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Thursday, May 5, 2016

Path open for compromise on pipelin

Wednesday, November 16, 2011

You may have heard that after nine legislative days of the special session, over 25 hours of testimony, and one day of debate, a path has developed to move forward with a compromise on the Keystone XL Pipeline.

Many of you have been following the Keystone XL Pipeline issue closely and have contacted my office voicing your opinions regarding the proposed oil pipeline and its route through the Sandhills and over the Ogallala Aquifer; thank you for your involvement. I would like to explain my votes as a member of the Natural Resources Committee.

I have made it clear that I have been for the Keystone XL Pipeline and was satisfied that the risk to the Ogallala Aquifer would be small and localized and was no greater than the risks we already take with current pipelines and agricultural practices. I believe our nation has to start moving away from foreign sources of energy from places in the world where they are not our allies. Moreover, even after the 25 hours of testimony in the Natural Resources Committee I still was not convinced that the risks were too great to move the proposed route.

But, as a state senator I felt it important to allow a bill out of committee, LB4, with the intent to allow the people to be heard through their representatives through a debate on the floor of the Legislature. I voted with the committee to advance LB4 to General File, with a vote of 7-1, even though I do not support the bill.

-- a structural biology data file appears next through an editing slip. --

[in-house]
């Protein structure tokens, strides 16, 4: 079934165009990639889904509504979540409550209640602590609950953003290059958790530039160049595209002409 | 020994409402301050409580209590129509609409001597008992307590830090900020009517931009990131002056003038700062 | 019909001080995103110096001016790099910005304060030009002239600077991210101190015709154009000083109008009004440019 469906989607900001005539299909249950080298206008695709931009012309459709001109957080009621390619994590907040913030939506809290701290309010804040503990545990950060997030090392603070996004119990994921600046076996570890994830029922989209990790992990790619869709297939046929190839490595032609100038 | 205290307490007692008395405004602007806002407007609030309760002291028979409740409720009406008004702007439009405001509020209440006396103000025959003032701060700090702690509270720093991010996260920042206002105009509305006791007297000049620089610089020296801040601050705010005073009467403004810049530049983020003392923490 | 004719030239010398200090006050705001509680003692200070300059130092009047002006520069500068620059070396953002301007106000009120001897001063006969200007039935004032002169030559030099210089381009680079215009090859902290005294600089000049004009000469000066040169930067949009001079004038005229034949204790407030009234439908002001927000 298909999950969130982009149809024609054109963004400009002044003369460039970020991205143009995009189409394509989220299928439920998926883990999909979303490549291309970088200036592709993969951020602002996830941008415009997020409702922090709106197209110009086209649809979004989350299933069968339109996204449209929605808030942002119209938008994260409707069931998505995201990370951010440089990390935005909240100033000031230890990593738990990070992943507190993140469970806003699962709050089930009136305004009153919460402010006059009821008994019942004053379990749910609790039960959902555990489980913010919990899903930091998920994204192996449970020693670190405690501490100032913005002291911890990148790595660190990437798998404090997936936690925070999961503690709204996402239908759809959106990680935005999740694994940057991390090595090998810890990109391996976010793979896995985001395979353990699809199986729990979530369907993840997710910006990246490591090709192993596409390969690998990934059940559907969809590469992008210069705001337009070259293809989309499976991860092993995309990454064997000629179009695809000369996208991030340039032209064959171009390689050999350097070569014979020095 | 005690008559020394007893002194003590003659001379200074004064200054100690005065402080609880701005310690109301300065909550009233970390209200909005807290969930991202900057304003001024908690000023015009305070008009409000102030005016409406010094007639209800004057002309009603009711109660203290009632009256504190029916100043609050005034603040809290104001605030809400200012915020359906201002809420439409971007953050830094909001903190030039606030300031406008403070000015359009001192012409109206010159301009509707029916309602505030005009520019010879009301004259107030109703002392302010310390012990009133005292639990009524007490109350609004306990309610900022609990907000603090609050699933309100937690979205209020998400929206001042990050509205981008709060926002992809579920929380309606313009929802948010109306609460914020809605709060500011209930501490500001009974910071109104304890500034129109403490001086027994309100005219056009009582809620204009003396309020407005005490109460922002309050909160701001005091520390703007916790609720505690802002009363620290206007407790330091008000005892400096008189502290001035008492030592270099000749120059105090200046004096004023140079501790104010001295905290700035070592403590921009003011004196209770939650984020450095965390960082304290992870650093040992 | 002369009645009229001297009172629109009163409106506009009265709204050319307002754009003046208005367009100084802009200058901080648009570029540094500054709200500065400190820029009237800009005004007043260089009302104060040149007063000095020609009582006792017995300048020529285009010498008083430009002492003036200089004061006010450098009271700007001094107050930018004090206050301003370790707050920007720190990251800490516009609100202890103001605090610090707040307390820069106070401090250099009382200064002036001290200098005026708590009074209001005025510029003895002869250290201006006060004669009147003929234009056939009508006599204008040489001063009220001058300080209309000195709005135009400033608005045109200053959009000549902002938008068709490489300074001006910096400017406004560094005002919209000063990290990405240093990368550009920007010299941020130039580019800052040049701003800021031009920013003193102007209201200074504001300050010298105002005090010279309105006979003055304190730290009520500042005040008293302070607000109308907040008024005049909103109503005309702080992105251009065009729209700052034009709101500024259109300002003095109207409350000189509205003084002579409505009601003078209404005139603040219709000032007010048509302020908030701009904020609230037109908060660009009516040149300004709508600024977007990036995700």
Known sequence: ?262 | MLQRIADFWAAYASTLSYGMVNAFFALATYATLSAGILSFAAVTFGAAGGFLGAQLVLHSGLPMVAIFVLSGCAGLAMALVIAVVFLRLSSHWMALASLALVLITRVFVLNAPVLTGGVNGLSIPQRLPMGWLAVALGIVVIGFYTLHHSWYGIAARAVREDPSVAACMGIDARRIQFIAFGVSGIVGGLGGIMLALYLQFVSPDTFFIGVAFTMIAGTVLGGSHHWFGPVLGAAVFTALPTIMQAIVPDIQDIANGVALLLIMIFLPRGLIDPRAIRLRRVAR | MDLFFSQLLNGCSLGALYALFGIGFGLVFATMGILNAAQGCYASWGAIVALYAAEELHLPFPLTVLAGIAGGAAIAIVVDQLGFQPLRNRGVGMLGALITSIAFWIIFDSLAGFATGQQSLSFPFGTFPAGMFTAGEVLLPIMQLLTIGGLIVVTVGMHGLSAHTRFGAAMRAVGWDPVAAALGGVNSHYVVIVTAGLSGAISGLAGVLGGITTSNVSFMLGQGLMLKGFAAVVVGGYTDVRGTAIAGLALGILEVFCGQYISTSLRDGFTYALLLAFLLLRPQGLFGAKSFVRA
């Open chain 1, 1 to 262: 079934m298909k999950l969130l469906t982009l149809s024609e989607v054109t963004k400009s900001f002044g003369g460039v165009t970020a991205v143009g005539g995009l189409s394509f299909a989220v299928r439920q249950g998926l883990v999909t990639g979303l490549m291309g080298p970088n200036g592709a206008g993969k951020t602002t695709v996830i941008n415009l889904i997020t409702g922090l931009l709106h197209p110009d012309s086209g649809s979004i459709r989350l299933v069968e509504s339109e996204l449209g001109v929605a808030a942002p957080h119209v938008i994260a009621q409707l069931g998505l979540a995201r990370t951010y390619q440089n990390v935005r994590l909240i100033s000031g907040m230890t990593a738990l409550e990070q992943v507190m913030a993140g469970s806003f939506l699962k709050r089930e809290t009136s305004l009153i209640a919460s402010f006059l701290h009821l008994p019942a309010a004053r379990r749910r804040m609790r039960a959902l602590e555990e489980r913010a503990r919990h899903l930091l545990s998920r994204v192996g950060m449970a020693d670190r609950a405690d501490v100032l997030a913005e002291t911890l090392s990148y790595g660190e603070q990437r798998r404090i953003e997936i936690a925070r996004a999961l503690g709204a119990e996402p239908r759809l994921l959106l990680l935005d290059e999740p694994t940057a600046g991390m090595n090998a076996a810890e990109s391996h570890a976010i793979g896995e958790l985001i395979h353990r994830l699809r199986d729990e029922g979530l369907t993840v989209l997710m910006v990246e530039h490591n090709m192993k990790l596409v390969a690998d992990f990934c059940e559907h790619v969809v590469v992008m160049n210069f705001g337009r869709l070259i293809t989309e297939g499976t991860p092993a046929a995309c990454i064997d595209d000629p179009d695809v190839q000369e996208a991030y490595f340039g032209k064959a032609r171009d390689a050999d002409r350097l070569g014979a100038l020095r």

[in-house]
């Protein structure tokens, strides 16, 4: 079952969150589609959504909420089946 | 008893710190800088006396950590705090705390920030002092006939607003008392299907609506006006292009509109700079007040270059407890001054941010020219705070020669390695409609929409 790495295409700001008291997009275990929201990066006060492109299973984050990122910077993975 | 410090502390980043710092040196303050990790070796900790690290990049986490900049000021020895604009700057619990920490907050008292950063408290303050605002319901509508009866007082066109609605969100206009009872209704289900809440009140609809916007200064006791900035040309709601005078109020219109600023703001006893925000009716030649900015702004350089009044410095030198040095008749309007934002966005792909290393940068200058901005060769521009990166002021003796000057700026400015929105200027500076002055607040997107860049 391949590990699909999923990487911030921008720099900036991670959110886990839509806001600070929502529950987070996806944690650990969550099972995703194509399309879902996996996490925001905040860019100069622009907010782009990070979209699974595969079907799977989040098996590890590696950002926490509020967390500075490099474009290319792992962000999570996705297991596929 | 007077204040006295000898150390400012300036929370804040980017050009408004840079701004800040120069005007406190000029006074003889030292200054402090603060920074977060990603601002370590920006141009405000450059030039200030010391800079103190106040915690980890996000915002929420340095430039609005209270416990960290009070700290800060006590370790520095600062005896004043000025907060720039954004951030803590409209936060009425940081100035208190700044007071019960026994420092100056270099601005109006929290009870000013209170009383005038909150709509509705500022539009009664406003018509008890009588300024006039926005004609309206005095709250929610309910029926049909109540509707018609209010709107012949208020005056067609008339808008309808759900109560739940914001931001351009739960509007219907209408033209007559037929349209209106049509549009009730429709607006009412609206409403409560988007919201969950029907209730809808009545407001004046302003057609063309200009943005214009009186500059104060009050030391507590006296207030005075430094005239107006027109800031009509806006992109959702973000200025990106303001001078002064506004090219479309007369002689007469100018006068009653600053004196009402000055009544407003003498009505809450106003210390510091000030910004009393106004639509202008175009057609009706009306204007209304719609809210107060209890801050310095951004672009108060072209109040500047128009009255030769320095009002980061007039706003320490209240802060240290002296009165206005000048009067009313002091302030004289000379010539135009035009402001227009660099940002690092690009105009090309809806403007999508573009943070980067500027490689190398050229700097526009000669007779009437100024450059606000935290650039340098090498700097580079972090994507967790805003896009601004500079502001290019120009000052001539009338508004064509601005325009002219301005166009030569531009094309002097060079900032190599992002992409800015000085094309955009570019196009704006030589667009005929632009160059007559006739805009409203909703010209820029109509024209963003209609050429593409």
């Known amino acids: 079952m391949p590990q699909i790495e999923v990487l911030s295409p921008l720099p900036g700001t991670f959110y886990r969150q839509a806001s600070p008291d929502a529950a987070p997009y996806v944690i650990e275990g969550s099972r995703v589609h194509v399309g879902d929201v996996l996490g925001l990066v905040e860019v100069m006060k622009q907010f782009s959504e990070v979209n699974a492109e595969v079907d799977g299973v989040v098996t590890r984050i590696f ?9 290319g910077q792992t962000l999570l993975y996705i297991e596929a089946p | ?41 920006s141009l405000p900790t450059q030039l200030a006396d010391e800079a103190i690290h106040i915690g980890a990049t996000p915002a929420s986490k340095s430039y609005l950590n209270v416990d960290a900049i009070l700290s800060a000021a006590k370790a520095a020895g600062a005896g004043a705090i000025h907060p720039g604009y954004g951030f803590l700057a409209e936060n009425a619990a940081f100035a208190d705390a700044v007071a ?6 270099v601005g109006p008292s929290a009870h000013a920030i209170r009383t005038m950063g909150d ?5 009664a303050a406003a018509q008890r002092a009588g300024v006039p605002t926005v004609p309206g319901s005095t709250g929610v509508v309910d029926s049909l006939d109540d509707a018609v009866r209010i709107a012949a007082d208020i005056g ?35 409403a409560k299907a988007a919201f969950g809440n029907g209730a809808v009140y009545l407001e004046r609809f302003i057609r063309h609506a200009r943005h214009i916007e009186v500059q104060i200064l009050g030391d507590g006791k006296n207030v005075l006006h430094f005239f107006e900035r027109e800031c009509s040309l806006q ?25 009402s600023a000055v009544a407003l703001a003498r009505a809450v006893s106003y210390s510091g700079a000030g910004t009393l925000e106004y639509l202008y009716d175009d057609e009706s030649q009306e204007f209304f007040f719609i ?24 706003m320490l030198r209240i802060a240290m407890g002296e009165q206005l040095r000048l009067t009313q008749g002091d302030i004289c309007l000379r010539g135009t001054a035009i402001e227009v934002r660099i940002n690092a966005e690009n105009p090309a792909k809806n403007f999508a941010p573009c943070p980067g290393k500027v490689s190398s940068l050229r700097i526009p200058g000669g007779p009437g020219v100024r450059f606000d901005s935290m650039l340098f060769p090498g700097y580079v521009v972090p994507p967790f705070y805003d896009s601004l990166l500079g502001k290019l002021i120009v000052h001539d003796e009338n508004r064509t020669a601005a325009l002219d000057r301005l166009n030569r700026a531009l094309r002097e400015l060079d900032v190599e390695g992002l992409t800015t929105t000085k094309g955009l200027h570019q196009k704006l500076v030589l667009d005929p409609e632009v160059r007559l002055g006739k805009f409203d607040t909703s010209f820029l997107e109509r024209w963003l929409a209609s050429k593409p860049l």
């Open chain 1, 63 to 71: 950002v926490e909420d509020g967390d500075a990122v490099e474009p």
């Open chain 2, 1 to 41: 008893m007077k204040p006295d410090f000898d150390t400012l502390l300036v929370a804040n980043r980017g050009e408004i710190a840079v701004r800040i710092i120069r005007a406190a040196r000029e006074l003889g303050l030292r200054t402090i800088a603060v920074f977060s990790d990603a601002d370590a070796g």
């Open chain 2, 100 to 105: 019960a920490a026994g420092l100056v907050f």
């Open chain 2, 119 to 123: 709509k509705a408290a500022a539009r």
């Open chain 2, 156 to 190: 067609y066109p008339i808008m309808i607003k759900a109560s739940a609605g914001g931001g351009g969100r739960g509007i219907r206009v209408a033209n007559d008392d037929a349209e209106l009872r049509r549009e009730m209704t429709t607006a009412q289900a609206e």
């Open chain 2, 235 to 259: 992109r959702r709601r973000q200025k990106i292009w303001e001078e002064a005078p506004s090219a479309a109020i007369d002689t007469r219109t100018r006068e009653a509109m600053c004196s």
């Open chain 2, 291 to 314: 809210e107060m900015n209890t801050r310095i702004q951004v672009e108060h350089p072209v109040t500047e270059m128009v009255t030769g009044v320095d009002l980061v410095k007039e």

Over the weekend Canada made it clear that if the U.S. was unable to decide on the pipeline that they would be looking to China to find a market for Canada's oil. I believe, with a possibility of losing out on the opportunity of this stable source of oil from our Canadian friends, and Nebraska possibly being blamed as the cause of the delay or loss of opportunity, things began to move and a path forward began to develop.

So, after an afternoon of debate on Monday, Speaker Flood announced that he had been in discussions with the U.S. State Department and TransCanada and a compromise developed, which you have probably already read about. TransCanada has voluntarily decided to move the route outside the Sandhills, Nebraska will conduct a Supplemental Environmental Impact Study in coordination with the federal government on a new route, and the Legislature will move forward with an amended LB1, which will not apply to the Keystone XL, but all future pipelines.

As with all compromises, details still need to be worked out; there is still work to be done that might spill over into the 2012 Session.

The Natural Resources Committee has had a public hearing on Speaker Flood's proposed amendment, AM37, advanced LB1 to the floor with an amendment, and the body advanced it to Select File where the committee will do more work to provide a solid process for future pipelines.

If you have comments, concerns, or questions about the pipeline and the special session, or any other issue, please, call my office at 402-471-2805 or for more information you can view my legislative website at http://news.legislature.ne.gov/dist44/.

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State Sen. Mark Christensen
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